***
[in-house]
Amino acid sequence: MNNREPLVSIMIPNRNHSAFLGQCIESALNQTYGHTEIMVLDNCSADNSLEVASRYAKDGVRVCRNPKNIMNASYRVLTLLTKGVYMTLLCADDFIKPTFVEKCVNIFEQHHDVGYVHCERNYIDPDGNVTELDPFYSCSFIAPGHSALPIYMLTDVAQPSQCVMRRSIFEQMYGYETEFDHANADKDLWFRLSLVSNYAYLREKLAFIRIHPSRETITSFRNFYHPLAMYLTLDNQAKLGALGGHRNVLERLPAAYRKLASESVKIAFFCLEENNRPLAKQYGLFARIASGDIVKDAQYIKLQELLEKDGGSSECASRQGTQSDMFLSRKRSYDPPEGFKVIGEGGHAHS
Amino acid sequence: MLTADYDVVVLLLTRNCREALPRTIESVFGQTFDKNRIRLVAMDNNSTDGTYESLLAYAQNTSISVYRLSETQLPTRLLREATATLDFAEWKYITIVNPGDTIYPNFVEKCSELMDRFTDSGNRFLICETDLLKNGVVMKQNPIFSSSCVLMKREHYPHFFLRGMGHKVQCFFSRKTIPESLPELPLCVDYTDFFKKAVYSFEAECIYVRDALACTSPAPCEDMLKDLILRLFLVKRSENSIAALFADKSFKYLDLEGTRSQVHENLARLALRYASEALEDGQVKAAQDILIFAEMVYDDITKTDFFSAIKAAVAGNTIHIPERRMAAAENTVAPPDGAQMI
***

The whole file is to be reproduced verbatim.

[in-house]
Amino acid sequence: MNNREPLVSIMIPNRNHSAFLGQCIESALNQTYGHTEIMVLDNCSADNSLEVASRYAKDGVRVCRNPKNIMNASYRVLTLLTKGVYMTLLCADDFIKPTFVEKCVNIFEQHHDVGYVHCERNYIDPDGNVTELDPFYSCSFIAPGHSALPIYMLTDVAQPSQCVMRRSIFEQMYGYETEFDHANADKDLWFRLSLVSNYAYLREKLAFIRIHPSRETITSFRNFYHPLAMYLTLDNQAKLGALGGHRNVLERLPAAYRKLASESVKIAFFCLEENNRPLAKQYGLFARIASGDIVKDAQYIKLQELLEKDGGSSECASRQGTQSDMFLSRKRSYDPPEGFKVIGEGGHAHS
Amino acid sequence: MLTADYDVVVLLLTRNCREALPRTIESVFGQTFDKNRIRLVAMDNNSTDGTYESLLAYAQNTSISVYRLSETQLPTRLLREATATLDFAEWKYITIVNPGDTIYPNFVEKCSELMDRFTDSGNRFLICETDLLKNGVVMKQNPIFSSSCVLMKREHYPHFFLRGMGHKVQCFFSRKTIPESLPELPLCVDYTDFFKKAVYSFEAECIYVRDALACTSPAPCEDMLKDLILRLFLVKRSENSIAALFADKSFKYLDLEGTRSQVHENLARLALRYASEALEDGQVKAAQDILIFAEMVYDDITKTDFFSAIKAAVAGNTIHIPERRMAAAENTVAPPDGAQMI